FACEBOOK is allegedly still tracking teens for advertising, research states, contradicting the social media giant’s claims it would limit reach to kids.
The accusations come in research conducted by Fairplay, Global Action Plan and Reset Australia.
A research collaboration between three companies accuses Facebook of continuing to track teens for advertisingCredit: Getty
The study claims Facebook has failed to make changes to protect its most vulnerable usersCredit: Getty
“Facebook is still harvesting children’s personal data to fuel their advertising delivery system. The only difference is that the targeting is ‘optimized’ by a
highly trained AI’ Delivery System,'” the study claims.
According to the research, the ad-tech giant allegedly retained its algorithms’ abilities to track and target kids, continuing to maintain its AIs’ ability to surveil children so it can use data about what they do online to determine which ads they see to maximize engagement and boost its ad revenues.
The study claims Facebook has failed to make changes to protect its most vulnerable users from manipulative marketing.
It also claims the social media giant opted for a misleading ploy of stripping out a layer of targeting control from advertisers.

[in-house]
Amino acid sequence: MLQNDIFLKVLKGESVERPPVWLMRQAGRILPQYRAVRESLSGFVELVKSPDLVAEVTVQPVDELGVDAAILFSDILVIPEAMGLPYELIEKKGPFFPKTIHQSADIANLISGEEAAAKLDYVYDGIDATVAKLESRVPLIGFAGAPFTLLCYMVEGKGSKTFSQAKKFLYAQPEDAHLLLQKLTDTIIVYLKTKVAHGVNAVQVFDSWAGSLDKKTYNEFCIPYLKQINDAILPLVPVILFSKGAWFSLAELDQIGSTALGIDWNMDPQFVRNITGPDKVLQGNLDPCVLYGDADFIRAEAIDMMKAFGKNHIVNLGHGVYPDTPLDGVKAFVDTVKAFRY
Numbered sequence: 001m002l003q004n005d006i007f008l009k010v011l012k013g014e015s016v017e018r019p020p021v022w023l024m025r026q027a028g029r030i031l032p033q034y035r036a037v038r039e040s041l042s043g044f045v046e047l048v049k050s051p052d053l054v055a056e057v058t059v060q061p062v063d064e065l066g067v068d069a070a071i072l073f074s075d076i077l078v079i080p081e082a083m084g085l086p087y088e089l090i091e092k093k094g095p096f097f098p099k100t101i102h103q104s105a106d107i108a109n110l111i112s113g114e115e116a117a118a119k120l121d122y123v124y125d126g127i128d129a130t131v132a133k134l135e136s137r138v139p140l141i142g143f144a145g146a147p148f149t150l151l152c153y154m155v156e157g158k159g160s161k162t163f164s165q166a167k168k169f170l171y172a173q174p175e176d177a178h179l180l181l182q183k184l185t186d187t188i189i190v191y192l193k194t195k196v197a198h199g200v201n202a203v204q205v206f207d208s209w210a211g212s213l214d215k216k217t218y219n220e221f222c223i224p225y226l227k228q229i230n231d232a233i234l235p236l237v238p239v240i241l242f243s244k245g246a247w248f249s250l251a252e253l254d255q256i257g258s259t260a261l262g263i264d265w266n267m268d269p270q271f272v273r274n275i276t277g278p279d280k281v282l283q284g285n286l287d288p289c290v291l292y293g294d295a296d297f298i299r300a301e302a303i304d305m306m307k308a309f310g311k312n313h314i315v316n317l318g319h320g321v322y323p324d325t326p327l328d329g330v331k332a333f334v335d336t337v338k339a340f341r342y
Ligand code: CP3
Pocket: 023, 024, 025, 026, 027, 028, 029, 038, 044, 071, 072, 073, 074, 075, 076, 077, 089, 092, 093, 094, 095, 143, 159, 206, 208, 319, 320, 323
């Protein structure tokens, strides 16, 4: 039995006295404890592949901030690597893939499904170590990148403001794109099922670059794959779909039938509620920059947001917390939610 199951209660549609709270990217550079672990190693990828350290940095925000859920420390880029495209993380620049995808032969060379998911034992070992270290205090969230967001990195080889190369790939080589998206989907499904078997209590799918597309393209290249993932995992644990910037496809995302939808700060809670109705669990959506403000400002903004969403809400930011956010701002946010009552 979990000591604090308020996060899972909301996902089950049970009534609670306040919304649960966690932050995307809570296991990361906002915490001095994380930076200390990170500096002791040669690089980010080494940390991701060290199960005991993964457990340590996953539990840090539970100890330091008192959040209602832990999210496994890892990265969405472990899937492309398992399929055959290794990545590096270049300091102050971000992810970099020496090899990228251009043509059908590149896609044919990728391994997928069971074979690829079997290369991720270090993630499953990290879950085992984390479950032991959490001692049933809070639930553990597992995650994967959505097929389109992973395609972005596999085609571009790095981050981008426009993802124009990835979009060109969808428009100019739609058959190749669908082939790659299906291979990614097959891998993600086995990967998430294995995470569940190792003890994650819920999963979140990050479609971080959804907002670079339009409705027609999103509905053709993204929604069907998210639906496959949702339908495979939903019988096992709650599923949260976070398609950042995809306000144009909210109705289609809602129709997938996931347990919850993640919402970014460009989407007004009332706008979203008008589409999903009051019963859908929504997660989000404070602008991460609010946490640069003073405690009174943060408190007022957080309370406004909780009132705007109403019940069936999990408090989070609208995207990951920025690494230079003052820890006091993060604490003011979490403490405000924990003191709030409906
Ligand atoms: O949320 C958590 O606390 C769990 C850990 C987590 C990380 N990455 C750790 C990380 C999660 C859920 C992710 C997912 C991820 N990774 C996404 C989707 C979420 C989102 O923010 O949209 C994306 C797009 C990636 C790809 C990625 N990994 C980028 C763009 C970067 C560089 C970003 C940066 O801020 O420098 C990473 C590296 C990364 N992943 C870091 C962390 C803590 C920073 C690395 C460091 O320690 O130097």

“Facebook is still using the vast amount of data it collects about young people in order to determine which children are most likely to be vulnerable to a given ad.
“This practice is especially concerning, given ‘optimization’ might mean weight loss ads served to teens with emerging eating disorders or an ad being served when, for instance, a teen’s mood suggests they are particularly vulnerable,” the research read.
They go on to warn that if the research findings are correct, “advertising for children is in reality even more personalized on Facebook, Instagram and Messenger.”
According to Tech Crunch, Facebook denied using the tracking data it’s still linking to teens’ accounts to “personalize” ads to kids under 18.
The tech giant denied the claims it is using the tracking data it’s still linking to teens’ accounts to “personalize” ads to under 18s.
Facebook denied the research’s claims that it’s using teens’ accounts to ‘personalize’ ads to kids under 18Credit: Getty
However, the company didn’t explain why it’s still collecting it.
In July, Facebook announced it would stop allowing advertisers to target people under 18 on its platforms.
Instagram, FB’s photo-sharing platform, also made the changes.
The photo-sharing platform also announced that users under 16 years old would default to having a private account when they join the site to stop unwanted contact from adults.
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